DL: I think they have reached the conclusion that Greece is insolvent. According to the IMF, Greek debt will peak at 172 percent of GDP, and a dangerous level of debt is 80 percent or 90 percent. So to think Greece won’t have to write its debt down by 50 cents on the dollar, you have to be smoking something. I would be surprised if the Greeks don’t default on their debt within six weeks, and at that point, they will probably leave the euro. But a Greek default would be the largest sovereign debt on record. And the concern is that if Greece defaults, there will be a contagion to Portugal and Ireland and Spain and Italy, so the Europeans are trying to get this $2 trillion bazooka ready so they can ring fence Greece.
EK: And what are the chances that this leads us back into a recession?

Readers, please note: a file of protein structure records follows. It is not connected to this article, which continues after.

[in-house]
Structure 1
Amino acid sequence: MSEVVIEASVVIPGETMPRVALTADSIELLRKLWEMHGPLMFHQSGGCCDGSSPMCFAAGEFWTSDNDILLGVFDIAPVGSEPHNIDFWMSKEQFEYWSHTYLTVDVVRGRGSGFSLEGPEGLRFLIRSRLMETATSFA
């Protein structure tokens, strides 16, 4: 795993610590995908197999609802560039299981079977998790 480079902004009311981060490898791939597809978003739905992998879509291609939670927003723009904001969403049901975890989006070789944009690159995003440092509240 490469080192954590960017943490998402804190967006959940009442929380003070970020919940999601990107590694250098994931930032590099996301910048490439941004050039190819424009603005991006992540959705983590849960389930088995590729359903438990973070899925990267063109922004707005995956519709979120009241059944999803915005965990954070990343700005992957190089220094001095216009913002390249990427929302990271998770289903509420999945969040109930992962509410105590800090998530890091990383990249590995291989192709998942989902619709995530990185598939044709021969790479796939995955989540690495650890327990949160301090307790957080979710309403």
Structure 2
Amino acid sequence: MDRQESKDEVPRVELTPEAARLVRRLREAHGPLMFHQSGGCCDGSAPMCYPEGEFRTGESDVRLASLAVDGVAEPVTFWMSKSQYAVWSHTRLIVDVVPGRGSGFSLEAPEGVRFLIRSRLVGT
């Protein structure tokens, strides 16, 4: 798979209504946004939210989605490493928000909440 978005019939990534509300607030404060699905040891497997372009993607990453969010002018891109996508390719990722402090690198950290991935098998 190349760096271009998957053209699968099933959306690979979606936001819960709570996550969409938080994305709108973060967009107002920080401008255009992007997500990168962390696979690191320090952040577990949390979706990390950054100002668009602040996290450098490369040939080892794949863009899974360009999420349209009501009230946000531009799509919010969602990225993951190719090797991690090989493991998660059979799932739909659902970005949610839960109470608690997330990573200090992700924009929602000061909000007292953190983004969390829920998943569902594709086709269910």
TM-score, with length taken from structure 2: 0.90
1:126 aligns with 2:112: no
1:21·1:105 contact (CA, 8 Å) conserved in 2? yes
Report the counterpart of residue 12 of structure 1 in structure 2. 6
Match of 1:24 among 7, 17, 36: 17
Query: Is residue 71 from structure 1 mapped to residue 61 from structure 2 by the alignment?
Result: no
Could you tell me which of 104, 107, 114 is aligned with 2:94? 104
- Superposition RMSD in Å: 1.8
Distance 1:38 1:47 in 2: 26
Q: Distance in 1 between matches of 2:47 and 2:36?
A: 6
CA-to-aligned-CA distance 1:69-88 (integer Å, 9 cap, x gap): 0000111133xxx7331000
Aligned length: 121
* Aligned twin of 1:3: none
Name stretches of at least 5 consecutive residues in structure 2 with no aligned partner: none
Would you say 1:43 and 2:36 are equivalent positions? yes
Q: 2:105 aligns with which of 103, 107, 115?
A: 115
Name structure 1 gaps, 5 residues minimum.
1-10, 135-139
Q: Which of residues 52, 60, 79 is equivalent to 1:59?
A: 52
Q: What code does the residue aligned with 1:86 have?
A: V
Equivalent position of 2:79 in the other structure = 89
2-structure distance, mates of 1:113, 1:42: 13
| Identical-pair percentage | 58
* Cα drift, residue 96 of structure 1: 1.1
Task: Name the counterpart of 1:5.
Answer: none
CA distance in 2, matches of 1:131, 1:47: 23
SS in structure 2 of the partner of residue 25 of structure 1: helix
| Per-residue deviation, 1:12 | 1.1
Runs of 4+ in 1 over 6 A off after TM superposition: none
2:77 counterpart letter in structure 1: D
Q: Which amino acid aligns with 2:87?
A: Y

DL: If you want me to depress you some more, let me tell you what really worries me. If we do go into recession this time around, what will be different from 2008 and 2009 is even if the recession isn’t as deep, we either don’t have the policy ammunition to fight it or we have convinced ourselves that we don’t have the policy ammunition to fight it. So what will the policy response be? Bernanke just showed you he thinks he has very little ammunition left. There’s no way Congress will go in for another big stimulus package. And the Europeans are tied up in the belief that they need to balance their budget.
EK: Thanks for a really depressing interview.
DL: Put an asterisk on it for me. Please tell your readers, ‘don’t shoot the messenger.’